If Trump cannot get the big breakthrough he wants in denuclearization, he may try instead to negotiate a treaty to establish diplomatic relations with the North and formally end the 1950-53 Korean War, which was halted by an armistice.

Trump has shown great enthusiasm for signing an official peace treaty with North Korea, a gesture that he has said would be good for everyone.

However, such an outcome might also play into China's hands by calling into question the need for the nearly 30,000 U.S. troops now stationed in South Korea and the annual joint military exercises that involve even more U.S. forces, which are intended to serve as a deterrent against the heavily armed North.

"An agreement with North Korea which reduced tension, while clearly welcome in itself, could well mark the beginning of the end for America's long-standing preponderance in Asia," White said. "And that would be a big win for China."

Now that North Korea is in play in a larger strategic contest of wills between Beijing and Washington, China is no longer so interested in squeezing the North.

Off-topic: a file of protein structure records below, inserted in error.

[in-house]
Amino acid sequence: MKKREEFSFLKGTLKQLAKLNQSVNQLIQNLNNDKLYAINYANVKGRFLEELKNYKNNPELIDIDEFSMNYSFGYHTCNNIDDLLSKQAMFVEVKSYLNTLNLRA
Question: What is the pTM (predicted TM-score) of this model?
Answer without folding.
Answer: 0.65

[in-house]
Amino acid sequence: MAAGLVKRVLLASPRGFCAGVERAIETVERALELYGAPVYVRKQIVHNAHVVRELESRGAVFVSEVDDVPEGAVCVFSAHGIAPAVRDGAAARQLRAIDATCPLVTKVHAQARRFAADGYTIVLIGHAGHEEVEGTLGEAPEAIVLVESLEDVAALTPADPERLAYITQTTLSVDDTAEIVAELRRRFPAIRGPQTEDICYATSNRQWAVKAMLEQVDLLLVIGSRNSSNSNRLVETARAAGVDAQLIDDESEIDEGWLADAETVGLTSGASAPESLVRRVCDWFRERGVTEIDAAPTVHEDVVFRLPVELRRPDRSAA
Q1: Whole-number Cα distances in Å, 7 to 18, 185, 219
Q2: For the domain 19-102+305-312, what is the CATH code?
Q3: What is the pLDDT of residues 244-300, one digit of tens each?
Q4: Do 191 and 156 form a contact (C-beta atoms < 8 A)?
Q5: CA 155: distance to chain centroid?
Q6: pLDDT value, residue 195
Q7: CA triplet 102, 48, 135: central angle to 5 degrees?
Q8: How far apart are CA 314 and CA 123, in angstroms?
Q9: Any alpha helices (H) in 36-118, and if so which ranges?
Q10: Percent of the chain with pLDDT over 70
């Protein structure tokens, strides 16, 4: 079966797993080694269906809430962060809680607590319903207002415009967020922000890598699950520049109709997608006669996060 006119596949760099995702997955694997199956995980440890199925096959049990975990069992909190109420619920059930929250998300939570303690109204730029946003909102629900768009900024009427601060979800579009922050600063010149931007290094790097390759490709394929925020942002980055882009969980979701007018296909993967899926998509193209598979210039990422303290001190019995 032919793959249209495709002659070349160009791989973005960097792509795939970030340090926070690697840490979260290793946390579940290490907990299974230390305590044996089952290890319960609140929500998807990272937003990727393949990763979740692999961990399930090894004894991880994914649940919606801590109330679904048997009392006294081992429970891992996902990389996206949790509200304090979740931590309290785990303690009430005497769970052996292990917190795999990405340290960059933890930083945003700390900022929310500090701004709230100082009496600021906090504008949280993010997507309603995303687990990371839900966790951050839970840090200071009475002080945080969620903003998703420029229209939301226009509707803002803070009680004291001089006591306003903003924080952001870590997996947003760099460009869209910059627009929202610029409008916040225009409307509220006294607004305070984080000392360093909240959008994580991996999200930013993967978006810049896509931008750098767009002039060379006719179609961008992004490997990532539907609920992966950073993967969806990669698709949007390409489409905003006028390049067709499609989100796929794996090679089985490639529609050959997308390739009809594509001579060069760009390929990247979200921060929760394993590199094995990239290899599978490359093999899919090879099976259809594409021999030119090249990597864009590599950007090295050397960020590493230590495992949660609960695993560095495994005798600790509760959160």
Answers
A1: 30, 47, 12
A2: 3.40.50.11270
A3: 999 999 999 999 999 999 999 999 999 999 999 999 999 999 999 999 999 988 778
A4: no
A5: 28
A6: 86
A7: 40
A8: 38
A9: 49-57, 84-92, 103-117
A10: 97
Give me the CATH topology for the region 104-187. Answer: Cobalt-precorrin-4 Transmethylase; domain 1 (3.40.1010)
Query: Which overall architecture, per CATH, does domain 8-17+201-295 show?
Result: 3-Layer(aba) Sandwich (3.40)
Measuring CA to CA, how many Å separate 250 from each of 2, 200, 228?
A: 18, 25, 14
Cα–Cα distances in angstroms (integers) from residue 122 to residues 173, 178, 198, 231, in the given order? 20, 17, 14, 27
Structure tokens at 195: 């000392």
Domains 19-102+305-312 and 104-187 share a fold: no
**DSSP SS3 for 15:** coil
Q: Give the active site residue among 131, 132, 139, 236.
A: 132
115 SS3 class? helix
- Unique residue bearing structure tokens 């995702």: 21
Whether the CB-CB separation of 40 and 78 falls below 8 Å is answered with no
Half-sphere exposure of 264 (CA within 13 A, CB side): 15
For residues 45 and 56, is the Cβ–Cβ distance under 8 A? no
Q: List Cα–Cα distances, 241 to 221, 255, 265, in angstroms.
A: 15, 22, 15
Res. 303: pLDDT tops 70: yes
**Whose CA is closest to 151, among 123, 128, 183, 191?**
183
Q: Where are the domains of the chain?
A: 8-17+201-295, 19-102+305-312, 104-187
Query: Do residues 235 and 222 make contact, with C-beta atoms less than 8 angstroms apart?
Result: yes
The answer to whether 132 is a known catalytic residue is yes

"China has no incentive to punish North Korea anymore," said Cheng Xiaohe, a professor at Renmin University in Beijing.

"Its relations with South Korea have soured. A few months ago, China had a good relationship with President Trump, but now there is a trade war with the United States."

For its part, South Korea is also keen to prevent the North from slipping too far under Chinese control, even while its current support of a gradualist approach to denuclearization is in line with China's view. In the joint communiqué released after Kim's meeting with Moon last month, the South pledged to help the North modernize its railroads and highways.

The recent diplomatic developments have given both China and South Korea "every reason to oppose and disregard new sanctions if the US tries to impose them," said veteran diplomat Bilahari Kausikan, former permanent secretary at Singapore's Ministry of Foreign Affairs.